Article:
Dr. Scott, who has led his Cleveland based church for 22 years, says he reached out to Trump after he announced his candidacy asking for this type of meeting and offered to help round up religious leaders from around the country.

“There will be Evangelical leaders, Pentecostal, there will be some Rabbis – it’s going to be a melting pot. Black, white and Hispanic representation as well,” said Scott.

Trump Organization EVP Michael Cohen says the event is being “organized by several very high profile evangelical preachers including Dr. Scott.”

On the campaign trail, Trump has not talked about his religious views except to say he is a Presbyterian and next to Trump: The Art of the Deal, which he wrote, his favorite book is the Bible.

Responding to a question from ABC’s Tom Llamas during his media avail Tuesday in Dubuque, IA Trump said "I love the bible. I'm a Presbyterian. I went to Sunday school. Dr. Norman Vincent was my pastor, to this day one of the great speakers I've seen," he said.

"You hated to leave church. You hated when the sermon was over. That's how great he was. One of the things that's so incredible about the New Hampshire numbers is I lead with everybody...But one of the groups I lead with substantially Evangelicals.”

Dr. Scott, who is African American, dismisses the suggestion by some that Trump is a racist.

“I know for a matter of fact he is not. We’re going to exchange ideas and dispel any notion at this meeting because people’s opinions have been formed based on others. You can’t be a racist and be as successful as he is. He’s very genuine,” said Scott.

Scott also said he admires Trump's leadership.

"I want to hear straight from him his view points, his ideas, his strategies for America and to see if we share common beliefs and goals. I want to expose him to the African American community,” says Scott who has one hope of Mr. Trump eventually attending one of his Sunday services in Cleveland. "I tell people if you knew him you’d like him.”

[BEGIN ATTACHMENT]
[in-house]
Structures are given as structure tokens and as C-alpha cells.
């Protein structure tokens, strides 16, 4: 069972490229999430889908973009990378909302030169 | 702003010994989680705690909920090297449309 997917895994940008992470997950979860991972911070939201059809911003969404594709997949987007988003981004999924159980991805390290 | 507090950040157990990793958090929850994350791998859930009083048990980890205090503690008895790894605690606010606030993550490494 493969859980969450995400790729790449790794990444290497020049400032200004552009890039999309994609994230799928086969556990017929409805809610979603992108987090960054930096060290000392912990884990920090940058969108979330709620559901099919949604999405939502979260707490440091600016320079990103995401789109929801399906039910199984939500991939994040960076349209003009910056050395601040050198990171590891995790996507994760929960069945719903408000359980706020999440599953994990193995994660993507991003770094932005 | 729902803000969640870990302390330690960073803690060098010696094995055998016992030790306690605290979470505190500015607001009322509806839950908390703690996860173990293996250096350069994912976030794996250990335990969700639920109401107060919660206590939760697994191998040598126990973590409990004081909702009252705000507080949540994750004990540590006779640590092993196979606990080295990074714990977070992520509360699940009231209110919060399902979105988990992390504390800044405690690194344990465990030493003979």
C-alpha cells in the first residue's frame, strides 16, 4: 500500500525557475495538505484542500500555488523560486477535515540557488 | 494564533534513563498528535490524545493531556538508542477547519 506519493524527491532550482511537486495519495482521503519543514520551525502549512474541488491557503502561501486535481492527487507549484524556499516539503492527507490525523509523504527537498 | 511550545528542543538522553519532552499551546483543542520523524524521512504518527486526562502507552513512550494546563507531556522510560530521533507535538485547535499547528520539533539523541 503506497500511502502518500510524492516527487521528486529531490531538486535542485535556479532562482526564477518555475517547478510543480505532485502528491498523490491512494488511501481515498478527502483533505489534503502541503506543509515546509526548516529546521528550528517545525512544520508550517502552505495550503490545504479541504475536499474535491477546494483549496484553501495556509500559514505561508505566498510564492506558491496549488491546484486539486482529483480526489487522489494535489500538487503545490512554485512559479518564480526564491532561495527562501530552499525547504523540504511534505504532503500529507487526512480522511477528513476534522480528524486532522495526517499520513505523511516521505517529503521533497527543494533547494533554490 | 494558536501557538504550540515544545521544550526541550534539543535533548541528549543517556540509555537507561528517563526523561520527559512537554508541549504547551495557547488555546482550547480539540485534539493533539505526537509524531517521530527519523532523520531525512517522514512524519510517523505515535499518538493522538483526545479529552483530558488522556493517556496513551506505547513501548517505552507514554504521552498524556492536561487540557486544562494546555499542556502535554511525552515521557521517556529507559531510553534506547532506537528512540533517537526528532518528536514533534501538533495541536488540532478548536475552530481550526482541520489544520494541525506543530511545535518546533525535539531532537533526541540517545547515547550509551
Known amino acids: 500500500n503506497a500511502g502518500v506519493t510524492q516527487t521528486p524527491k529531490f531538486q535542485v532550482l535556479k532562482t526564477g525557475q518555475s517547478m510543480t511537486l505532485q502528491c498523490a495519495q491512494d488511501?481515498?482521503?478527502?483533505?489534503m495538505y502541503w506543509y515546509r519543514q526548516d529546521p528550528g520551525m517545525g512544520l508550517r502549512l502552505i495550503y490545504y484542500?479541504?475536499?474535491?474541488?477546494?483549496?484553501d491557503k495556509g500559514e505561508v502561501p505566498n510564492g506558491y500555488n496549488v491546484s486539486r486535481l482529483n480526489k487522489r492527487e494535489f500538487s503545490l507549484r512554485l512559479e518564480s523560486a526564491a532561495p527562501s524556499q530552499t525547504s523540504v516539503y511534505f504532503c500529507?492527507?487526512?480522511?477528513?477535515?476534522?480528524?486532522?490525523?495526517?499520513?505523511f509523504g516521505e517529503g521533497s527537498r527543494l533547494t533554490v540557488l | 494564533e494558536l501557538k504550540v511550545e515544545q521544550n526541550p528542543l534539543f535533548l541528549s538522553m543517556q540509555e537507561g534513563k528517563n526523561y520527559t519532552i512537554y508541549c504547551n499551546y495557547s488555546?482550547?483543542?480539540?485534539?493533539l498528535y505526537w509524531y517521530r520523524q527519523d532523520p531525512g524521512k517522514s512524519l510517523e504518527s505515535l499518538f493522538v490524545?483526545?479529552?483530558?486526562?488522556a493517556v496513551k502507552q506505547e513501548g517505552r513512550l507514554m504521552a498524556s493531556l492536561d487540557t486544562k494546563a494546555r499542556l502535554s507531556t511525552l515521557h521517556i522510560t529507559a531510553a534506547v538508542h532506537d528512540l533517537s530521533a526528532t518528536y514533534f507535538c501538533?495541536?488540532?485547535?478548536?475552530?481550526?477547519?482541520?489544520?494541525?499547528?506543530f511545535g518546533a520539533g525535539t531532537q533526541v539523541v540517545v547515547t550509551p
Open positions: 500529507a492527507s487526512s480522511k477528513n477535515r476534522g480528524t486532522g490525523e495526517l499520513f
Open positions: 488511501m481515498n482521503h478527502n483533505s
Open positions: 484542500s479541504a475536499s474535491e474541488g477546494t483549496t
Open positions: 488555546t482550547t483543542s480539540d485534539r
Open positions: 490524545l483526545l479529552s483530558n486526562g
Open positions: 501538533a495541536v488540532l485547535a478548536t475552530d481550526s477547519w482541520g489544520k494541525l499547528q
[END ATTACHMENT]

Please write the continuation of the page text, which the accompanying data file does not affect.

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Photo by Scott Olson/Getty Images(ANKENY, Iowa) -- Speaking to reporters on the Wednesday morning shooting in Virginia that left two television reporters dead, Hillary Clinton vowed to tackle the issue of gun violence if elected president.

"We have got to do something about gun violence," Clinton said at a press event in Ankeny, Iowa, "and I will take it on." She added that while "many people...face it," some "turn away because it's hard."

Acknowledging that gun violence and legislation is a "very politically difficult issue in America," Clinton said that she believes "we are smart enough, we are compassionate enough to balance the legitimate second amendment rights, with preventive measures and control measures so whatever motivated this murderer...we will not see more deaths."

"I want to reiterate," Clinton continued, "how important it is we not let another terrible instance go by without trying to do something more to prevent this incredible killing that is stalking our country."

"Intentional, unintentional, murder-suicides, it happens everyday," Clinton added, "and there is so much evidence that if guns were not so readily available, if we had universal background checks, if we could just put some time out between the person who's upset because he got fired or domestic abuse or whatever other motivation may be working on someone who does this, maybe we could prevent this kind of carnage."

"So, I hope that in addition to expressing sympathy to those directly affected, this is maybe for the media, for the public, for elected officials, for every American, what it hopefully will finally take for us to act," she concluded.

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Photo by Jason Davis/Getty Images(WASHINGTON) -- On a conference call with top Democrats ahead of the party’s summer meeting, Vice President Joe Biden said that he is still undecided about a run for the White House in 2016 and closely consulting with his family on the decision, sources familiar with the session told ABC News.

Biden has been grief-stricken since the end of May over the death of his son, Beau, due to cancer, but has also been quietly stepping up calls to gauge support for a potential presidential candidacy. On Saturday, a sign of just how serious his exploration has become, Biden met privately with liberal icon Sen. Elizabeth Warren.